“A yes or no question that did not get a yes or no answer,” Mr. Buttigieg said, adding, “Your signature, Senator, is to have a plan for everything. Except this.” He rattled off how her plan would “obliterate” the private health insurance of 150 million Americans while pitching his “Medicare for all who want it” alternative.

Mr. Buttigieg’s rebuke of Mr. O’Rourke — “I don’t need lessons from you on courage” — may lend itself more to a viral moment. But the bigger leap was to be seen as a foil to Ms. Warren.

It felt at times on Tuesday as if the sprawling 12-person stage had actually narrowed to a four-person debate, with Ms. Warren and Mr. Sanders representing the left, and Mr. Biden and Mr. Buttigieg representing the center-left. The occasional television shot of just those four served to hammer home the point.

Mr. Booker and Ms. Harris were not the main course on Tuesday. They were the palette cleansers. Mr. Booker and Ms. Harris both came into the debate struggling for support and attention. And it was apparent by the end of the first hour that they had adopted a similar game plan: seeking to rise about the fray and food fight unfolding around them while punching at President Trump.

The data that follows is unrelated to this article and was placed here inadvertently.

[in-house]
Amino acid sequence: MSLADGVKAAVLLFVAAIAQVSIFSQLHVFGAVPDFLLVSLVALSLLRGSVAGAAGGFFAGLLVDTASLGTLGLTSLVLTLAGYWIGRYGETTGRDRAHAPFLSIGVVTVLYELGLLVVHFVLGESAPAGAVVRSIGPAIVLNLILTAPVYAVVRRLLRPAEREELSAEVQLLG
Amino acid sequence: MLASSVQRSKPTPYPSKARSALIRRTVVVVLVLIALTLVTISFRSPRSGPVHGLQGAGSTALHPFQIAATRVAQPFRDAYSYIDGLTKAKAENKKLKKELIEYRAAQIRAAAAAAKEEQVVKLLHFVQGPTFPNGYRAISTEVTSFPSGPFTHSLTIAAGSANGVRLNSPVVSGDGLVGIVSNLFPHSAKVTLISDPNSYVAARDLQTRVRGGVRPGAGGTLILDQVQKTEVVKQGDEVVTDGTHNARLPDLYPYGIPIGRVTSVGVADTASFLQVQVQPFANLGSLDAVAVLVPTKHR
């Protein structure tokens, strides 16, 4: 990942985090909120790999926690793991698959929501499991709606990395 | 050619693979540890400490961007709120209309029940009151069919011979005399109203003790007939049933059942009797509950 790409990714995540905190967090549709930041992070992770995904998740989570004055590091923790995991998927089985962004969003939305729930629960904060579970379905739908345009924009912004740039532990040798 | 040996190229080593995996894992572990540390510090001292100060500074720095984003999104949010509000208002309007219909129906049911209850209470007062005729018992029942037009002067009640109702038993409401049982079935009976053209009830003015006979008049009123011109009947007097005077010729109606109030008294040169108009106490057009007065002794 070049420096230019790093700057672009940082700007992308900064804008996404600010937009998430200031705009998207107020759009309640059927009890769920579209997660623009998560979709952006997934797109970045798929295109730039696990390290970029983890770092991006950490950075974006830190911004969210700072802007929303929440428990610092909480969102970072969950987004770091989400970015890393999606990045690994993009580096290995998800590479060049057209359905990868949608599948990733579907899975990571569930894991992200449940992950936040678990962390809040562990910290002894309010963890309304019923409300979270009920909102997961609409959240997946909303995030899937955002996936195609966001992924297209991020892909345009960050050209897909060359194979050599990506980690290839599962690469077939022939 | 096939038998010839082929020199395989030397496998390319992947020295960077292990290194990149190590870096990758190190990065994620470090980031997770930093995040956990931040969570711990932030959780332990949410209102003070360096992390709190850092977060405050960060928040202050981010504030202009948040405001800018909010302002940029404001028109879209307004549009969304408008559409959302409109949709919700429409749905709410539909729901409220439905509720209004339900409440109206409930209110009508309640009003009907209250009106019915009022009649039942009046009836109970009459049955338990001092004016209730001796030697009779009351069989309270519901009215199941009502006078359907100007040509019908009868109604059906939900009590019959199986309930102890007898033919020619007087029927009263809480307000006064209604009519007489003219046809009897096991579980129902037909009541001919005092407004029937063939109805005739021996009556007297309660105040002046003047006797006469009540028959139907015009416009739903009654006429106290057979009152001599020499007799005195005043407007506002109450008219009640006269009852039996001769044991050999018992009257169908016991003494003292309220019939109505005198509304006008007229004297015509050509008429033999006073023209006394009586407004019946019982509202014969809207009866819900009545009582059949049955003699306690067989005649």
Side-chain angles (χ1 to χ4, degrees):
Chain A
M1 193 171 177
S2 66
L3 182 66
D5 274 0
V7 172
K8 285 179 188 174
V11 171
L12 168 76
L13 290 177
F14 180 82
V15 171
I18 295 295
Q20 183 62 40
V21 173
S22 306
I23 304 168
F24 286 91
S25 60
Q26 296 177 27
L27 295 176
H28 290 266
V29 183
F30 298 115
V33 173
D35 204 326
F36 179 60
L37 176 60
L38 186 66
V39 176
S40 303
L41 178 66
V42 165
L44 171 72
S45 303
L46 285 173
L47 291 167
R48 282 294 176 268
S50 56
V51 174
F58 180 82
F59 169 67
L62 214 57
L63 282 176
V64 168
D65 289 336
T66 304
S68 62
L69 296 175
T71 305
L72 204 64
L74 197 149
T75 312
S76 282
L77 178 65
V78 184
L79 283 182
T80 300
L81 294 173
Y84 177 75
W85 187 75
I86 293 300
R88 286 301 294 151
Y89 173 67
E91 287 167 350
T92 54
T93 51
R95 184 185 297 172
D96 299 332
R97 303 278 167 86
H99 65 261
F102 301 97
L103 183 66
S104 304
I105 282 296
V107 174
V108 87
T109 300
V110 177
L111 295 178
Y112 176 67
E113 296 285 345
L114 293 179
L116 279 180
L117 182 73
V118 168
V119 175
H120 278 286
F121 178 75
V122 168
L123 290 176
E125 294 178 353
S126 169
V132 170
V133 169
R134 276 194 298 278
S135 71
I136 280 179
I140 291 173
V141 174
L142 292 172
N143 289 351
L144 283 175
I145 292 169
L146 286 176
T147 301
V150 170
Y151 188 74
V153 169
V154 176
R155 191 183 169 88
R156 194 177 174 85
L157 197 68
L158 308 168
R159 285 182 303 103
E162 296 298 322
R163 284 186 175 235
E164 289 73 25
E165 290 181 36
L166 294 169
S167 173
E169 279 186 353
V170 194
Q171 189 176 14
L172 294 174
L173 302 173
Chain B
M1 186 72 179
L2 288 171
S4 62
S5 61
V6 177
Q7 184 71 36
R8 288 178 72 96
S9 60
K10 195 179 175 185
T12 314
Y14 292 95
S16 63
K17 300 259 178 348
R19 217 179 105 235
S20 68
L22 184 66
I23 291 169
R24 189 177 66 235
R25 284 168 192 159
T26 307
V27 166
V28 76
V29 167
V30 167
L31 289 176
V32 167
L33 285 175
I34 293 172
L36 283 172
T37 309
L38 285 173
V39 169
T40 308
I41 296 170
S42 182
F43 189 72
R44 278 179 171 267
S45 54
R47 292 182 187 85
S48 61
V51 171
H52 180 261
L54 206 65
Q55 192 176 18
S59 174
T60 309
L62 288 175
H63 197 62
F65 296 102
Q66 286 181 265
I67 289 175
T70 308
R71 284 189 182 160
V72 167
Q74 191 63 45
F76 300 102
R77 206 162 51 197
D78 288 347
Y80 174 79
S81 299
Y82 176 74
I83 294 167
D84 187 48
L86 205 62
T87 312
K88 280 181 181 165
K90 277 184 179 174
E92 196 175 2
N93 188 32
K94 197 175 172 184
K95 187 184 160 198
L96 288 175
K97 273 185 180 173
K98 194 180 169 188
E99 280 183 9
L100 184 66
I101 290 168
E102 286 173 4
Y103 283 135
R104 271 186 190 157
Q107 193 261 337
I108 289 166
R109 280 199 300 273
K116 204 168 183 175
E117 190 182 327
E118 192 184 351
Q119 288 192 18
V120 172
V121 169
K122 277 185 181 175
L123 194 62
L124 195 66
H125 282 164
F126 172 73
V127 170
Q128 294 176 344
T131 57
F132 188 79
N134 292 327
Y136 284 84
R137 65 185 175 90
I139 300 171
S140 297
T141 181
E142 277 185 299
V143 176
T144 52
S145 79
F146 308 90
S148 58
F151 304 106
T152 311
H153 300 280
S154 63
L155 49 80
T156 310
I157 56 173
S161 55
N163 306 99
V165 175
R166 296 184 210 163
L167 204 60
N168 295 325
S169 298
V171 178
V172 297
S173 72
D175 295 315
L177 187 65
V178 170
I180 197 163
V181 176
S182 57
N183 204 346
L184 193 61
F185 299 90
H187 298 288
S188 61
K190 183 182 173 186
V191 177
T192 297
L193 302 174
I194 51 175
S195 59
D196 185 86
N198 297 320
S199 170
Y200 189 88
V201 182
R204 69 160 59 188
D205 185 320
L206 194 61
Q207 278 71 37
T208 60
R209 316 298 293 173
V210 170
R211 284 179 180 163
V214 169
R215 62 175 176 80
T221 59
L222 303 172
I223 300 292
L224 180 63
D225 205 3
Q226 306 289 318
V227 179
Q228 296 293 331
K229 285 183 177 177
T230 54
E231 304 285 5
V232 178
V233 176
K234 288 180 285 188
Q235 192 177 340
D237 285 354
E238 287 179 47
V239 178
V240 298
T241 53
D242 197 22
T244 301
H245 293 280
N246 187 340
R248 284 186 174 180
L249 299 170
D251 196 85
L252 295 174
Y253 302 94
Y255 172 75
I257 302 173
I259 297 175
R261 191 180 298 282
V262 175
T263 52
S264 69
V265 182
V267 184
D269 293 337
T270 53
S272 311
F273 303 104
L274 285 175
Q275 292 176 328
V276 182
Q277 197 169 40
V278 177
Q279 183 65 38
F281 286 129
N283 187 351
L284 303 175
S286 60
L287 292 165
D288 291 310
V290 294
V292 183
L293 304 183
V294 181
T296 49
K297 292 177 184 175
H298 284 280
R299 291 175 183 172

“Tearing each other down because we have a different plan is unacceptable,” Mr. Booker said. He had been the first candidate to castigate the media for asking Mr. Biden questions about his son’s work in Ukraine.

At one point, Ms. Harris aired a complaint that women’s advocates have pressed for months: the lack of questions about abortion. “This is the sixth debate we have had in this presidential cycle. Not one word with all of these discussions about health care, on women’s access to health care. It’s outrageous,” Ms. Harris said.